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  1. #1
    Senior Member CalPastor's Avatar
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    How Do You Know You're Ready?

    I currently ride 100+ miles a week. Usually 3 25 milers, a 40 miler, and maybe a 10 if I have time or get bored. I average 15.5 to 16.5 depending on the day.

    I'd like to ride in the Tour De Fresno in September...I'm sure the 100 mile ride is too much mostly because of the climbing but was considering the 75 mile with less climbing. I could also opt for a 50 mile that's flat.

    How do you know you're ready? Apart from actually doing a test run of the course?

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    Look at the routes many have bail out options along the way. Start off with a higher goal adjust if needed.

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    Conventional thinking is, if you can do 75% of the distance you should have no issue. When I first started I found the 75 mile point to be a wall and the last 25 brutal but I did it and felt great for doing so. I say if you think you are ready give the full 100 a try, you can always bail out.
    Best thing about cycling is when I'm at work I'm thinking of cycling, when I'm cycling I'm thinking about cycling.

  4. #4
    Senior Member Black wallnut's Avatar
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    You can do 40; how do you feel afterward? Can you do 50? 60? If you can do 60 and feel you can do more, lots more then you should be ale to do 100 if there are other cyclists along. A supported ride in my experience is easier than my unsupported training rides. One huge difference is the number and length of stops. In my training I seldom stop and if I do it is for a very short time. If you have a riding partner then you might be able to go farther. I can tell you that on my first century my legs and lungs were ready. My neck and arms were not.


    Mark

  5. #5
    SuperGimp TrojanHorse's Avatar
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    I was riding what you're riding and then up and went 75 miles one day on a lark. Going from 40 to 100 might be a stretch but if you can find a way to ride a 70 miler some time before you should be in good shape.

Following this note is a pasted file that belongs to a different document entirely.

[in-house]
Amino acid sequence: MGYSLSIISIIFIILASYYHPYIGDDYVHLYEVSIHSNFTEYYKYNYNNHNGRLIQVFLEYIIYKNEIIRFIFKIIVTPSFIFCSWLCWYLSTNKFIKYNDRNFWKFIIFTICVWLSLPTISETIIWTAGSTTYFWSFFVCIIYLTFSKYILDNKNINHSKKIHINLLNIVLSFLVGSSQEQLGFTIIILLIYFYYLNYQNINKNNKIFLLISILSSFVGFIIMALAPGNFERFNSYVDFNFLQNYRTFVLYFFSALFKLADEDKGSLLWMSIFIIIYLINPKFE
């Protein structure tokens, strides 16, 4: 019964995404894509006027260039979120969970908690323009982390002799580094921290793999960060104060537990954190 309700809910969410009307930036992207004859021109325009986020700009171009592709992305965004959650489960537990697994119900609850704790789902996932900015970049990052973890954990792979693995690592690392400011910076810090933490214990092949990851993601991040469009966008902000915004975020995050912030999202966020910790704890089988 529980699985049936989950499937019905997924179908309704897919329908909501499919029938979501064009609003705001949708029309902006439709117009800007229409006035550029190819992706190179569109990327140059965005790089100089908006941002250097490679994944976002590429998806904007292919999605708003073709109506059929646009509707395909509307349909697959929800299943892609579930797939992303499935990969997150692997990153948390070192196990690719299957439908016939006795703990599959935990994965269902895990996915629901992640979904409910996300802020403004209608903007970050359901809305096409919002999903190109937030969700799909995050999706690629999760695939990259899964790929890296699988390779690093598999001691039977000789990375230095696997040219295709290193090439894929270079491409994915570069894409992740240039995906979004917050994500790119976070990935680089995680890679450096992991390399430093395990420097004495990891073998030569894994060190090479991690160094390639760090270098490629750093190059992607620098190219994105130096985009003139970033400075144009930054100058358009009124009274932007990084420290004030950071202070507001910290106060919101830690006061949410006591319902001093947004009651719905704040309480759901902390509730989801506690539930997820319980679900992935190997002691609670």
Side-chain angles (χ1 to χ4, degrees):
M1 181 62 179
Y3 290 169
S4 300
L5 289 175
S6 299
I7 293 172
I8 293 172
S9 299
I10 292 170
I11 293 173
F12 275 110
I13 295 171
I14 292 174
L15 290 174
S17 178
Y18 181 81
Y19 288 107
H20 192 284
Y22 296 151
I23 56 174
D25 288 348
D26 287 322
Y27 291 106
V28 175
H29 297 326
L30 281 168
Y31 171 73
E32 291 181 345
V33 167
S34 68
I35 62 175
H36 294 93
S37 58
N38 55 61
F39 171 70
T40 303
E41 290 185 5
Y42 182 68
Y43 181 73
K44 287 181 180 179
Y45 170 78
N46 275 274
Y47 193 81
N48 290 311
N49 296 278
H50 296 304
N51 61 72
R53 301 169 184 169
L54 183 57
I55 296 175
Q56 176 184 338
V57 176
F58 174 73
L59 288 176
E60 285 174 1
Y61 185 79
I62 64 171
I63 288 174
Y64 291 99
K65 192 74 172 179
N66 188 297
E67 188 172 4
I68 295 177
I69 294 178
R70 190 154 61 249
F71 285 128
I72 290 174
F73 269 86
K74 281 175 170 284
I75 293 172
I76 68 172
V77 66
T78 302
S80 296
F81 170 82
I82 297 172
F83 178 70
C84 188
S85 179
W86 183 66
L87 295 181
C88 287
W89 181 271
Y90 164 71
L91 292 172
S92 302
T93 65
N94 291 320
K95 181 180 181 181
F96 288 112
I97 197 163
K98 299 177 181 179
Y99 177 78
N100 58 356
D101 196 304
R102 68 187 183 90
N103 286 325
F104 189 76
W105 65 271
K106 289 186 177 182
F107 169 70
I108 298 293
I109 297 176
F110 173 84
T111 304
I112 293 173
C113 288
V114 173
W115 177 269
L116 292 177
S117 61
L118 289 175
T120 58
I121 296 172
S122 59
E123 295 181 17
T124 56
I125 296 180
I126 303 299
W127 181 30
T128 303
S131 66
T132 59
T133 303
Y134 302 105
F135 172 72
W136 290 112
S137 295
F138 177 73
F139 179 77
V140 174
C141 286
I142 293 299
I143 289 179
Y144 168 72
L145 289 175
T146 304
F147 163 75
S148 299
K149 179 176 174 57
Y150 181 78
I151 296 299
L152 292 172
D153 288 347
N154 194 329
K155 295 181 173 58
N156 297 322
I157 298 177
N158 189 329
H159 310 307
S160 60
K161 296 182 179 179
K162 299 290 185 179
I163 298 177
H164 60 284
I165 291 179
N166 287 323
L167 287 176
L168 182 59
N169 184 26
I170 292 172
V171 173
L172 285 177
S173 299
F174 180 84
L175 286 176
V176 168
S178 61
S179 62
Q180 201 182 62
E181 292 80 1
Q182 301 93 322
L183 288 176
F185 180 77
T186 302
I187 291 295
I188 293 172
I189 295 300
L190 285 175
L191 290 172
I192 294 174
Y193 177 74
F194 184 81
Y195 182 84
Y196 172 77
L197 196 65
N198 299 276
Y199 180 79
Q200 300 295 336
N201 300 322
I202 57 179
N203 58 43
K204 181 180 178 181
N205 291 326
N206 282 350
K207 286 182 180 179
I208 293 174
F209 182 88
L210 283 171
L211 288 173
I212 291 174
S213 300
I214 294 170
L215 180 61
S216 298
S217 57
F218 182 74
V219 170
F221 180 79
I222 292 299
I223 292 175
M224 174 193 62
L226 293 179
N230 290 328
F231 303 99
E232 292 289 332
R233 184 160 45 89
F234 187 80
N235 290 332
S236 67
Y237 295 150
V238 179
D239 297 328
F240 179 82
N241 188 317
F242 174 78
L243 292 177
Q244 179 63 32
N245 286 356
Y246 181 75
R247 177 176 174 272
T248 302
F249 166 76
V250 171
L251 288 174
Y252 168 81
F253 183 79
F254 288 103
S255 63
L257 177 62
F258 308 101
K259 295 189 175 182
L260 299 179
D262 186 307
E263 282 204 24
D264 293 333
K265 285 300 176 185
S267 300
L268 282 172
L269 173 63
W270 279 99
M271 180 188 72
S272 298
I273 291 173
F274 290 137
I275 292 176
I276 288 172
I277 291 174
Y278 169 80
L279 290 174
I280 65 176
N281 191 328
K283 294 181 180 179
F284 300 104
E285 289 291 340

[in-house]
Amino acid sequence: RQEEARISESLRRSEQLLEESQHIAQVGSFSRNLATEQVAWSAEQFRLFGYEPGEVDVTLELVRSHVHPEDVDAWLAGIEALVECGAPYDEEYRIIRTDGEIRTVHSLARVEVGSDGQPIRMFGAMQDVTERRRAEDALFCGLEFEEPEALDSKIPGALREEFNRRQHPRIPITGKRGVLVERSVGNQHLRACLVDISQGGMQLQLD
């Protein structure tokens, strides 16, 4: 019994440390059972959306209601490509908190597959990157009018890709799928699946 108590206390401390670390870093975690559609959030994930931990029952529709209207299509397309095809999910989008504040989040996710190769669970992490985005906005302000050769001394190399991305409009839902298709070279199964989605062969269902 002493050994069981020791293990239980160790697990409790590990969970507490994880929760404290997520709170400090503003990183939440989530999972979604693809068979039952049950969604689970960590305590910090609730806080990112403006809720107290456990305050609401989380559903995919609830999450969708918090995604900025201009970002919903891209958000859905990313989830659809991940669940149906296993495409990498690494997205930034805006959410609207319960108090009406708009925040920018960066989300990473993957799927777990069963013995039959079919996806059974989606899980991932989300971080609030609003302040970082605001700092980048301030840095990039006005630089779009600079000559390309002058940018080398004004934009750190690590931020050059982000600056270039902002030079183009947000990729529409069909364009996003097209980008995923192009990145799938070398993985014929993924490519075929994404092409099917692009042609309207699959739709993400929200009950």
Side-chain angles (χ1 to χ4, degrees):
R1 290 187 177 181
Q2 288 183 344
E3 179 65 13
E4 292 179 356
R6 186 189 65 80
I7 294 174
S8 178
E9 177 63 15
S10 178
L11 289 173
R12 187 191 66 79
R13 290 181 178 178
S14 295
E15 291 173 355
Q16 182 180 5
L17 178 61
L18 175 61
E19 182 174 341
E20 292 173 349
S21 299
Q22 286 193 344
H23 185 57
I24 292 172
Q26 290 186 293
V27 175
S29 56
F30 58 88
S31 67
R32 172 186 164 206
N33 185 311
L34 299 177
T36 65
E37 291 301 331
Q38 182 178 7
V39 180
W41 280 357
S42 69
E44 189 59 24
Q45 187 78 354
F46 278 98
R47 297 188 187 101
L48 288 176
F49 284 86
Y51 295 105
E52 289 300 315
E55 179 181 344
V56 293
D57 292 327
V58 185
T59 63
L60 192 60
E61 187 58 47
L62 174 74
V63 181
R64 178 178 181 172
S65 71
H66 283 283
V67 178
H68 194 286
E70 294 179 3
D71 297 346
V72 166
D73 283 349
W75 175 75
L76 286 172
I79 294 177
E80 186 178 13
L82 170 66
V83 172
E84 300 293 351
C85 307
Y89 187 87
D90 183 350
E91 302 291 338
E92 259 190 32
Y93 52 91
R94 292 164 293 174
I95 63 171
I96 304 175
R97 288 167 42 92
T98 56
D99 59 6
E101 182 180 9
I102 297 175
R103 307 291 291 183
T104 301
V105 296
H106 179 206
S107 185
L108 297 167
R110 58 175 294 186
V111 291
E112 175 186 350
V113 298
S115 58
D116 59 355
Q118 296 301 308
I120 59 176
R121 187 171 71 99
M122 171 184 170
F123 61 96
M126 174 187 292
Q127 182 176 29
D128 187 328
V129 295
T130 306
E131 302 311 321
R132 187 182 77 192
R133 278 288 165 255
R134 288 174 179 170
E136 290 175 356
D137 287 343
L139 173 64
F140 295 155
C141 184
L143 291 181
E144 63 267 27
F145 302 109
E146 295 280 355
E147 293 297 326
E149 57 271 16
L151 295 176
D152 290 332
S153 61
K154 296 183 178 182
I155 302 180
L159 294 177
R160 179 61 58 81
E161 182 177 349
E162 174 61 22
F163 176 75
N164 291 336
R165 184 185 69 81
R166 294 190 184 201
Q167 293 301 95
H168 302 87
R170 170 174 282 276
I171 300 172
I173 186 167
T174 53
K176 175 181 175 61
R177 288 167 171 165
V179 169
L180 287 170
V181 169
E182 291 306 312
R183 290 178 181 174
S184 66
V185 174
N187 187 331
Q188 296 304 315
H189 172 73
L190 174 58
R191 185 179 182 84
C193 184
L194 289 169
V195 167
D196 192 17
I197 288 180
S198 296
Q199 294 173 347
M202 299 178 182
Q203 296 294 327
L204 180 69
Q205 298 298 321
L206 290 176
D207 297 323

6. #6
    Senior Member mprelaw's Avatar
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    Agreed. You're ready for the 75 right now. As long as you're not doing all of your 25-40 milers on the flats.

    In big events like this, other riders help pull you along and make the miles go by faster---at least in your head.

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    You're obviously already capable of doing 50. 75 may not be comfortable, but, chances are that with your current fitness you'll be able to complete it. 100? I would suggest more time than you have available between now and the event for preperation. Idealy you add 10 or so miles to your long ride each weekend up to 90 or 100 then taper off for a couple weeks before the century. The 75% rule works fine when you're consistantly doing that distance or close to it. Not so great when you're on an extremely excellerated program to reach that total withing a week of the target event.
    Birth Certificate, Passport, Marriage License Driver's License and Residency Permit all say I'm a Fred. I guess there's no denying it.

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    Senior Member VegasVic's Avatar
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    If you can do 75, then you can certainly do 100.

    FFS, just go for it!

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    Just Plain Slow PhotoJoe's Avatar
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    Ride report and pix! And enjoy the ride. You'll do great!
    If at first you don't succeed, Skydiving is not the sport for you!

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    Quote Originally Posted by CalPastor View Post
    How do you know you're ready? Apart from actually doing a test run of the course?
    Distance is pretty easy to handle... if the ride is flat. If you can ride for four hours at a moderate pace and do it two days in a row, you can probably ride all day at that same pace. That's the rule I used when preparing for my SF->LA tour and it worked out very well for me.

    Climbing is usually the bigger challenge. I'd suggest making sure that you've done training rides that include at least 70% of the elevation gain you'll expect to see on the ride. For example, if your ride will have 4000ft of climbing make sure that you've done rides that include at least 3000 feet of climbing. If there are any long, extended climbs if might not be a bad idea to pre-ride them, if possible. Most of climbing is mental, so having knowledge of the climb and being able to pace yourself properly is an advantage, I find.

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